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India’s Social Security System: An Assessment

Asher, M.G. and Bali, A.S. (2010) India’s Social Security System: An Assessment. In: Asher, M.G., Oum, S. and Parulian, F., (eds.) Social Protection in East Asia – Current State and Challenges. ERIA Research Project Report 2009-9. ERIA, Jakarta, pp. 399-423.

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India is a federal country comprising 28 States and seven Union Territories. It gained independence in 1947. After following relatively inward-looking economic policies for several decades since gaining independence, India adopted an open-economy - open-society strategy of economic growth in 1991, with the aim of integrating with the world economy in a market-consistent manner (Kelkar, 2004).

As India addresses the challenges of the twenty-first century and manages its rise globally, constructing and implementing a modern social security system represents one of its major imperatives. A modern social security system can enable India to cushion the burden on workers of restructuring public and private organizations; to increase the legitimacy of further reforms; and to encourage individuals and firms to engage in entrepreneurship and make creative career choices. All three are essential for India to emerge as a resilient knowledge-driven economy and society.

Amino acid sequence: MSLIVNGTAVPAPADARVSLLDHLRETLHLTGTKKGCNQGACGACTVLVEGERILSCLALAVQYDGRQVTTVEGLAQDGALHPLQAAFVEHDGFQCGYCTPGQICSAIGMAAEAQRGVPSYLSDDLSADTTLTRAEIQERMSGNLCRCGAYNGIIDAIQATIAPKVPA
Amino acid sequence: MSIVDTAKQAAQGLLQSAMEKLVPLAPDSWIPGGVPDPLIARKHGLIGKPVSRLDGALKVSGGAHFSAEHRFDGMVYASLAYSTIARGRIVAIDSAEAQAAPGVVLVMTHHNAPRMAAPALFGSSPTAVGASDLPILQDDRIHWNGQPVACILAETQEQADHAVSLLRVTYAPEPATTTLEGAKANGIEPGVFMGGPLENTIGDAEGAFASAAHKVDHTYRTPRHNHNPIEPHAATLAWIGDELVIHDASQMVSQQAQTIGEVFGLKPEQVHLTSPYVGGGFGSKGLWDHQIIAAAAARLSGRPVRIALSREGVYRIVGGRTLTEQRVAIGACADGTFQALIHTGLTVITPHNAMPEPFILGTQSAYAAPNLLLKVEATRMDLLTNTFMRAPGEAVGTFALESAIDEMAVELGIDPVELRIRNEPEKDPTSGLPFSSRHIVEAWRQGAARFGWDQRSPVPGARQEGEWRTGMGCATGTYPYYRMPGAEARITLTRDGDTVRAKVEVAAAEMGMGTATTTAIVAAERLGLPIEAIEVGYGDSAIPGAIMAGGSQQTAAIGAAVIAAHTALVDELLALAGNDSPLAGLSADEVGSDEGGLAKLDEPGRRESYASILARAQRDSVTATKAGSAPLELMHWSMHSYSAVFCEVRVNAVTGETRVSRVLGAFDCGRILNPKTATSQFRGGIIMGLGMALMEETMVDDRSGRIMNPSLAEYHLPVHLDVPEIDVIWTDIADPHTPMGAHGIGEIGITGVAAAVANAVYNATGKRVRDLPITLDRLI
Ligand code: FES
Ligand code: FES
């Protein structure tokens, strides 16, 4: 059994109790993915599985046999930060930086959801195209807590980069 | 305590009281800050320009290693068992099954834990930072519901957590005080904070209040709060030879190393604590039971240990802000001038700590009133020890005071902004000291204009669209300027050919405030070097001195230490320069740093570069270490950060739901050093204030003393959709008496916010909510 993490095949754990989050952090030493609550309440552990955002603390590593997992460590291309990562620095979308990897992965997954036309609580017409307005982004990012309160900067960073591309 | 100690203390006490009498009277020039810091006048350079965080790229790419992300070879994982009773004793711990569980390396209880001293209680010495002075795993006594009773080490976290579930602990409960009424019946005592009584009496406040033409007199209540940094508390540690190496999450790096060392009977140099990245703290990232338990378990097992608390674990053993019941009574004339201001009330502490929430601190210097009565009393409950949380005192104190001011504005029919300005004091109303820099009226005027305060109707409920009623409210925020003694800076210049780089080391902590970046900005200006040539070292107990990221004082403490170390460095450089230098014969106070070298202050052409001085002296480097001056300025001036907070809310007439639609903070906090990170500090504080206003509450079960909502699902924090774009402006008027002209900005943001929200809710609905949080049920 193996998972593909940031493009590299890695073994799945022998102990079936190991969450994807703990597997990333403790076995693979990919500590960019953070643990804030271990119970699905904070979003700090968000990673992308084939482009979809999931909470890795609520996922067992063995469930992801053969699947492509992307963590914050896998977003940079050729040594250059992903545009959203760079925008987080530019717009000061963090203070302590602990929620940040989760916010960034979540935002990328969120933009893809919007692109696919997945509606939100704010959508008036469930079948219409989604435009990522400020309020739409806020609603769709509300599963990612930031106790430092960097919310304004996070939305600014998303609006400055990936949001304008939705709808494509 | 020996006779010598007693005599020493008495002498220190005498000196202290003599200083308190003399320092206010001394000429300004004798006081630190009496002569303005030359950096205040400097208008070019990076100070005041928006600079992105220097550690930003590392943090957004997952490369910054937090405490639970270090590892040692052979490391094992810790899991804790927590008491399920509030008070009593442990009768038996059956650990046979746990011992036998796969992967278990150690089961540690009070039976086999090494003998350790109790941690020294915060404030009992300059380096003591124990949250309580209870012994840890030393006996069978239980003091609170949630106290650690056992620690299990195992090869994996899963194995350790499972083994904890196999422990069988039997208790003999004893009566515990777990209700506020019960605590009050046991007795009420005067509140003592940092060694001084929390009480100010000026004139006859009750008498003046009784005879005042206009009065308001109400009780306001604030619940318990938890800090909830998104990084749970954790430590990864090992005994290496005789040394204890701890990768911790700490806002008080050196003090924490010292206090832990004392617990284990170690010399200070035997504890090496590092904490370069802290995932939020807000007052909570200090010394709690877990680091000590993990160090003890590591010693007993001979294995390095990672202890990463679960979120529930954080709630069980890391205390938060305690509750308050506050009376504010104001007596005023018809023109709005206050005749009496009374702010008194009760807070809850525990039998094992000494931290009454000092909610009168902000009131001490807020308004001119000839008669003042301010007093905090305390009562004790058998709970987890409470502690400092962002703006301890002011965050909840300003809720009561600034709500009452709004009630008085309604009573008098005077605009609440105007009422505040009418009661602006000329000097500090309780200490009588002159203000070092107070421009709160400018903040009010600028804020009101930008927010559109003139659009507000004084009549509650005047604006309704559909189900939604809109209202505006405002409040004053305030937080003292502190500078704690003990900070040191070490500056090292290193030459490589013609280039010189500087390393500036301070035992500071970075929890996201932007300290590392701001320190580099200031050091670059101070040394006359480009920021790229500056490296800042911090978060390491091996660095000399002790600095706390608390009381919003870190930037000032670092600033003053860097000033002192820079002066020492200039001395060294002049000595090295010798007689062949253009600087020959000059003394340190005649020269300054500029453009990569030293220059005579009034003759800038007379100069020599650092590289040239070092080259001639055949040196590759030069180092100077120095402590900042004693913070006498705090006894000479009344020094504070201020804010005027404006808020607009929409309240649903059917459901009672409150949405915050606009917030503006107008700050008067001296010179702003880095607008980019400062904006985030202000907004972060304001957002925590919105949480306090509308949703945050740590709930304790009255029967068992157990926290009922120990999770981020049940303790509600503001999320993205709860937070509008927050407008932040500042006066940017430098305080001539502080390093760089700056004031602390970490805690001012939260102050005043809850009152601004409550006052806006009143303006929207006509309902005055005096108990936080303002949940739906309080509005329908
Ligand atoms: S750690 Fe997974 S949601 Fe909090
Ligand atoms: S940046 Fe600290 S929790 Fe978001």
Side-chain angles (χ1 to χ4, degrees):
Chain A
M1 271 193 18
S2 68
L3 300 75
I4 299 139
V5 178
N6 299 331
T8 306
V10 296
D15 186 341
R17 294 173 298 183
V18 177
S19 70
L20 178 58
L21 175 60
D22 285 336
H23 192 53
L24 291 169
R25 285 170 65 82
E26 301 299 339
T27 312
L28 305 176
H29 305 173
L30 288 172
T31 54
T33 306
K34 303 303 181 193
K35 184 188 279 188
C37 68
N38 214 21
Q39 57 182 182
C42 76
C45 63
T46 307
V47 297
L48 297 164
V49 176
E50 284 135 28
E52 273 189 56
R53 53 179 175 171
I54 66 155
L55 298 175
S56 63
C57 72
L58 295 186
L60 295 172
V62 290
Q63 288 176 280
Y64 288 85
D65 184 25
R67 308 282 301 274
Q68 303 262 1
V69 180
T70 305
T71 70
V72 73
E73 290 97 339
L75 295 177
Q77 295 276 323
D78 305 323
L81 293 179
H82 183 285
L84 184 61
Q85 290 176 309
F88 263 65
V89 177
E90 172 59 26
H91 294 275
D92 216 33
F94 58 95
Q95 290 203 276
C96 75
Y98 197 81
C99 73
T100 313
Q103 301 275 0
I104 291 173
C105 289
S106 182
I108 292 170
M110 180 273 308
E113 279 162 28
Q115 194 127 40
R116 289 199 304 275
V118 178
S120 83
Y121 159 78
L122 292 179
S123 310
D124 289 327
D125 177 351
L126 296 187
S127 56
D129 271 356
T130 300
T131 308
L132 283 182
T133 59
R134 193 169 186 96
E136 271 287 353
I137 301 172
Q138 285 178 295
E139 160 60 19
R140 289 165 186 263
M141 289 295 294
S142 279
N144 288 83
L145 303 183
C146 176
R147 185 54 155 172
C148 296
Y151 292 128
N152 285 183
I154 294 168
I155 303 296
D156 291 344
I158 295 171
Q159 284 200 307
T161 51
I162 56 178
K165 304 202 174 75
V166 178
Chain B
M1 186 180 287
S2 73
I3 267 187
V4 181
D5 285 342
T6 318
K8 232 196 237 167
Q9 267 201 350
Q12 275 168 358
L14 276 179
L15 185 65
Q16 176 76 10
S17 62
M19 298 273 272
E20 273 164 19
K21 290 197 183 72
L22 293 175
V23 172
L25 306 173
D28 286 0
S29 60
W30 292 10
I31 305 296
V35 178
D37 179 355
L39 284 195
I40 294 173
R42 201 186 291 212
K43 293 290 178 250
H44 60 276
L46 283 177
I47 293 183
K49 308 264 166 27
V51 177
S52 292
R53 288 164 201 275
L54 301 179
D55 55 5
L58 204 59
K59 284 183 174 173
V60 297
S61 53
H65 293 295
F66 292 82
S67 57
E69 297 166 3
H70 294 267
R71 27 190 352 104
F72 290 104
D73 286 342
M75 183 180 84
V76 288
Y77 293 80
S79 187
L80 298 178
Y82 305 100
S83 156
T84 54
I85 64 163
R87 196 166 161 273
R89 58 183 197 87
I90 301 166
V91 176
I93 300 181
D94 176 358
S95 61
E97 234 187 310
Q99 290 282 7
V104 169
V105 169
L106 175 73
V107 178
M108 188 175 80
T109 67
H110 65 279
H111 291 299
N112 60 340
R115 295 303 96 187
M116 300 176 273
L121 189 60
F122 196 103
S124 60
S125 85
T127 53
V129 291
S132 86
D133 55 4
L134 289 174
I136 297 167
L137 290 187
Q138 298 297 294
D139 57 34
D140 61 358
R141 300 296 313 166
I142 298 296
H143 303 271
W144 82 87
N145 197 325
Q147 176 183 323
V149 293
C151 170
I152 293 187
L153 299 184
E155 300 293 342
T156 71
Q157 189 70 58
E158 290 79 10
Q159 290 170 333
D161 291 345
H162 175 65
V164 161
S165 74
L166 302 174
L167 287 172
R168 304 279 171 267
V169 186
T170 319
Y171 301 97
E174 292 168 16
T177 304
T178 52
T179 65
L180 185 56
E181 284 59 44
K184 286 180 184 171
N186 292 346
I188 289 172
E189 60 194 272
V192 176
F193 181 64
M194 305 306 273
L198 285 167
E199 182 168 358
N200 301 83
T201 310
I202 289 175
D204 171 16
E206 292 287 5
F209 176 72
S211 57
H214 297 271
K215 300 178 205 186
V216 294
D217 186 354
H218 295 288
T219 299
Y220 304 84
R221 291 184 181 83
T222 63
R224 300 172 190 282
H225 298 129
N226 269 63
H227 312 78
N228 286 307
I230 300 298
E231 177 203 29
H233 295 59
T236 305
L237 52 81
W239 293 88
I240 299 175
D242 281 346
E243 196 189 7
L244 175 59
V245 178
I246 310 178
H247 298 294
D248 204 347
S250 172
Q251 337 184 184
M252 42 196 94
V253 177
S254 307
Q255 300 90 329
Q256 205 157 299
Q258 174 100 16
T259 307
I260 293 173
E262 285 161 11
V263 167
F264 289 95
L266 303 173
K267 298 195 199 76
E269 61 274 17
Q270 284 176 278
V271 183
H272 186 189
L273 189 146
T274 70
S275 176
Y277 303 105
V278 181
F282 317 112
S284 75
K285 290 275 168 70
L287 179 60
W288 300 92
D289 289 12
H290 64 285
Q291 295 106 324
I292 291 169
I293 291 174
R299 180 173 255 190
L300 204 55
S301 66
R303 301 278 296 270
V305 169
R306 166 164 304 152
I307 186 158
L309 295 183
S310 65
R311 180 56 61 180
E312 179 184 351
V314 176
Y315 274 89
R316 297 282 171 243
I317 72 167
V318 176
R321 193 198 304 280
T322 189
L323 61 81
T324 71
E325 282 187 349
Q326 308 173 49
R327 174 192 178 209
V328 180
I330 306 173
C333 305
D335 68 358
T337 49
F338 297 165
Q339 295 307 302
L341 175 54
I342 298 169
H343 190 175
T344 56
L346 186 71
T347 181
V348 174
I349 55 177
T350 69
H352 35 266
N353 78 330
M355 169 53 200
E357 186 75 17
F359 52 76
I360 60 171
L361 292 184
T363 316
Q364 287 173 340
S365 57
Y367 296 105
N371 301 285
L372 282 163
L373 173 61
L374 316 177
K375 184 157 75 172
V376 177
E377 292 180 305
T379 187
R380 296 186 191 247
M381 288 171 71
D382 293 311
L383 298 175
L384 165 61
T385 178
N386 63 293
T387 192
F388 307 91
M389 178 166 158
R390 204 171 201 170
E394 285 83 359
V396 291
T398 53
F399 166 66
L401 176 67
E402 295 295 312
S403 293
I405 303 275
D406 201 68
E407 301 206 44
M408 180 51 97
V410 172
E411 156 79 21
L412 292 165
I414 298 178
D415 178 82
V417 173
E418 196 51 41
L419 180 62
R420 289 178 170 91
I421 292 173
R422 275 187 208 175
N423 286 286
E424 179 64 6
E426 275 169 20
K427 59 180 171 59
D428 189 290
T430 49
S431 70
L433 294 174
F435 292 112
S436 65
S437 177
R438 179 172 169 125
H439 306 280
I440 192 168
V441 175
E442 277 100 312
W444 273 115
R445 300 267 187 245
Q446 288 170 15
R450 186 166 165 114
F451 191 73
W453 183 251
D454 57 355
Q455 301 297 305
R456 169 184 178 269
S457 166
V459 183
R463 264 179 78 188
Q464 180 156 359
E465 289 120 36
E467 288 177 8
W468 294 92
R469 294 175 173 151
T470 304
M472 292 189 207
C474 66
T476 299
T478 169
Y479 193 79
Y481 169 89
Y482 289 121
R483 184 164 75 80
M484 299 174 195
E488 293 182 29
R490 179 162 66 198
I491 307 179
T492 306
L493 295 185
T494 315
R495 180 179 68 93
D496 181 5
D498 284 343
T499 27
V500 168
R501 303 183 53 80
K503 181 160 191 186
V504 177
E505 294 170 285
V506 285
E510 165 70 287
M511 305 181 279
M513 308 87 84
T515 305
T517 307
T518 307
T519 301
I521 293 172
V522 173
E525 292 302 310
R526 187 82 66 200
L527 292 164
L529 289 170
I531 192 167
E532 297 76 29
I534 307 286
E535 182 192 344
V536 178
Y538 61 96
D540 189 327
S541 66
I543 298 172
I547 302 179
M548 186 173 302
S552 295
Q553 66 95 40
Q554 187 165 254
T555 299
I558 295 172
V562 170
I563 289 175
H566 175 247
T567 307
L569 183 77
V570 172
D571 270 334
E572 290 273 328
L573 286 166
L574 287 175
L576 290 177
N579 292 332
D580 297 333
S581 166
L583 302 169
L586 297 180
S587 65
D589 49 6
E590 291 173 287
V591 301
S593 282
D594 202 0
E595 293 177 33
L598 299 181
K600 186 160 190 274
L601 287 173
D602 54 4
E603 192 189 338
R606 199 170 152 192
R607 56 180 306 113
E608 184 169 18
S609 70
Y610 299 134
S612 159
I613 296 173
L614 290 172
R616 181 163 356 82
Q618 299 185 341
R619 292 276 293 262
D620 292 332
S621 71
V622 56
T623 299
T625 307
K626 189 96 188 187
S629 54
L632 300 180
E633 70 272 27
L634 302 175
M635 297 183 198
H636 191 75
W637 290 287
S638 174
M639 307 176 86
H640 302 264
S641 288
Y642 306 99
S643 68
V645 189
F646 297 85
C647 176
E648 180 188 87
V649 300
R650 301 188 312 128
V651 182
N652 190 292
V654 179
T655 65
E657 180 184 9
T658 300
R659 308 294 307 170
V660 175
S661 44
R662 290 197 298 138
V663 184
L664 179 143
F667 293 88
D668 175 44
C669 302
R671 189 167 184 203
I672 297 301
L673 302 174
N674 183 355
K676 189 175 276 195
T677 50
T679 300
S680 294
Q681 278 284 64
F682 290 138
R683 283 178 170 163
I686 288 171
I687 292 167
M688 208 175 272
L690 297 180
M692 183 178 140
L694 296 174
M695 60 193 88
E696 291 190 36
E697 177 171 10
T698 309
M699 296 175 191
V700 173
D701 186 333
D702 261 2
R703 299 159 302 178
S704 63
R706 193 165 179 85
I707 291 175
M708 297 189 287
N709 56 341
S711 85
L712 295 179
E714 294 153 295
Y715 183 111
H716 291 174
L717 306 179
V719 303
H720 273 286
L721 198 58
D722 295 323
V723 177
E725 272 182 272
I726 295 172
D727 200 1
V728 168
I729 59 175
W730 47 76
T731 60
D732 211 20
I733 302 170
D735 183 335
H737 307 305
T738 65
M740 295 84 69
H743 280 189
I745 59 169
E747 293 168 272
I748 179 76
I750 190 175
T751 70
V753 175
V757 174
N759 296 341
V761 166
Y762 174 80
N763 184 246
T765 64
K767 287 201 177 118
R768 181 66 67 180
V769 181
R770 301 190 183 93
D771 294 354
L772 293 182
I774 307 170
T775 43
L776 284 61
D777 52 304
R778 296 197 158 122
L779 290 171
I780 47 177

This paper analyzes India’s social security system, with primary focus on pensions or retirement income arrangements. It also discusses reform themes which the policymakers and provident and pension fund organizations may consider in improving the sustainability, coverage and resilience to economic and other shocks of the current system. The paper is organized as follows. In section II, a broad overview of macroeconomic, demographic and labor market trends is provided. This is followed by a discussion of India’s current social security system and its various components in section III. As social security related services must be provided by organizations, this section also provides suggestions for improving their effectiveness. Section IV provides a brief overview of India’s healthcare financing system. The final section suggests five broad reform themes designed to transform the current system into a system more appropriate for meeting India’s social security challenges in the 21st century.

Item Type: Book Chapter
Publisher: ERIA
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